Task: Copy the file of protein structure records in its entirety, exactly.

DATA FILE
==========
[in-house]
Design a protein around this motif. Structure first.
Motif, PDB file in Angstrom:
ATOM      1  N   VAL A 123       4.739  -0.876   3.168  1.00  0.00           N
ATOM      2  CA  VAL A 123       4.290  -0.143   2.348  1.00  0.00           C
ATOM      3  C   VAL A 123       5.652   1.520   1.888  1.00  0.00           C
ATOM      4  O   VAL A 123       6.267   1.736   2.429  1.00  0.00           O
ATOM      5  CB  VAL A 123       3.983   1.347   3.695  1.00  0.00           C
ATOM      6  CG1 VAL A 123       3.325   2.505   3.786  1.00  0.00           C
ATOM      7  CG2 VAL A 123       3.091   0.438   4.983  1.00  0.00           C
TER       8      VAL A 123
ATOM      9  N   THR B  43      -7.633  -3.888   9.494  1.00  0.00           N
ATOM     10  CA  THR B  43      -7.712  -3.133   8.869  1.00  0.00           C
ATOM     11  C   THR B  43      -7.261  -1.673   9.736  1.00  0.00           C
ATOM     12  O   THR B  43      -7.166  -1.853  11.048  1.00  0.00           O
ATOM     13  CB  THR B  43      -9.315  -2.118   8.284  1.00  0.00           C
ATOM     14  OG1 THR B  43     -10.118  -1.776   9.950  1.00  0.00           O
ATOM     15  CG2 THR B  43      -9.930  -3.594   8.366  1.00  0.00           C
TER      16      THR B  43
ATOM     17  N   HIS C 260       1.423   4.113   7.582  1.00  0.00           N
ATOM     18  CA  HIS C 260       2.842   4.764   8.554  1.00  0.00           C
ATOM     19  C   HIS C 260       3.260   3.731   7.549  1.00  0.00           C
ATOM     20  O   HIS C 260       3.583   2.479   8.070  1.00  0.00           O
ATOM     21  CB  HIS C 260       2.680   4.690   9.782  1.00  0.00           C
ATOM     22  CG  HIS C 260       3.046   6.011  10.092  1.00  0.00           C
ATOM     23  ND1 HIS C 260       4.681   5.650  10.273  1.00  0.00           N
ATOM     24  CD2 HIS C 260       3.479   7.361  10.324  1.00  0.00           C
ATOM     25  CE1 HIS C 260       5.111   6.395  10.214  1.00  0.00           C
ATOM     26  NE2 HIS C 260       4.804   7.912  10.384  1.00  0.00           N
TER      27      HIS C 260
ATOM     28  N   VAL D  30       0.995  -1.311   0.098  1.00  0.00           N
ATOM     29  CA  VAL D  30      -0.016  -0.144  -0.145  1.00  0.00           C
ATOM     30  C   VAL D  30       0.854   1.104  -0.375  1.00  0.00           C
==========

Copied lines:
[in-house]
Design a protein around this motif. Structure first.
Motif, PDB file in Angstrom:
ATOM      1  N   VAL A 123       4.739  -0.876   3.168  1.00  0.00           N
ATOM      2  CA  VAL A 123       4.290  -0.143   2.348  1.00  0.00           C
ATOM      3  C   VAL A 123       5.652   1.520   1.888  1.00  0.00           C
ATOM      4  O   VAL A 123       6.267   1.736   2.429  1.00  0.00           O
ATOM      5  CB  VAL A 123       3.983   1.347   3.695  1.00  0.00           C
ATOM      6  CG1 VAL A 123       3.325   2.505   3.786  1.00  0.00           C
ATOM      7  CG2 VAL A 123       3.091   0.438   4.983  1.00  0.00           C
TER       8      VAL A 123
ATOM      9  N   THR B  43      -7.633  -3.888   9.494  1.00  0.00           N
ATOM     10  CA  THR B  43      -7.712  -3.133   8.869  1.00  0.00           C
ATOM     11  C   THR B  43      -7.261  -1.673   9.736  1.00  0.00           C
ATOM     12  O   THR B  43      -7.166  -1.853  11.048  1.00  0.00           O
ATOM     13  CB  THR B  43      -9.315  -2.118   8.284  1.00  0.00           C
ATOM     14  OG1 THR B  43     -10.118  -1.776   9.950  1.00  0.00           O
ATOM     15  CG2 THR B  43      -9.930  -3.594   8.366  1.00  0.00           C
TER      16      THR B  43
ATOM     17  N   HIS C 260       1.423   4.113   7.582  1.00  0.00           N
ATOM     18  CA  HIS C 260       2.842   4.764   8.554  1.00  0.00           C
ATOM     19  C   HIS C 260       3.260   3.731   7.549  1.00  0.00           C
ATOM     20  O   HIS C 260       3.583   2.479   8.070  1.00  0.00           O
ATOM     21  CB  HIS C 260       2.680   4.690   9.782  1.00  0.00           C
ATOM     22  CG  HIS C 260       3.046   6.011  10.092  1.00  0.00           C
ATOM     23  ND1 HIS C 260       4.681   5.650  10.273  1.00  0.00           N
ATOM     24  CD2 HIS C 260       3.479   7.361  10.324  1.00  0.00           C
ATOM     25  CE1 HIS C 260       5.111   6.395  10.214  1.00  0.00           C
ATOM     26  NE2 HIS C 260       4.804   7.912  10.384  1.00  0.00           N
TER      27      HIS C 260
ATOM     28  N   VAL D  30       0.995  -1.311   0.098  1.00  0.00           N
ATOM     29  CA  VAL D  30      -0.016  -0.144  -0.145  1.00  0.00           C
ATOM     30  C   VAL D  30       0.854   1.104  -0.375  1.00  0.00           C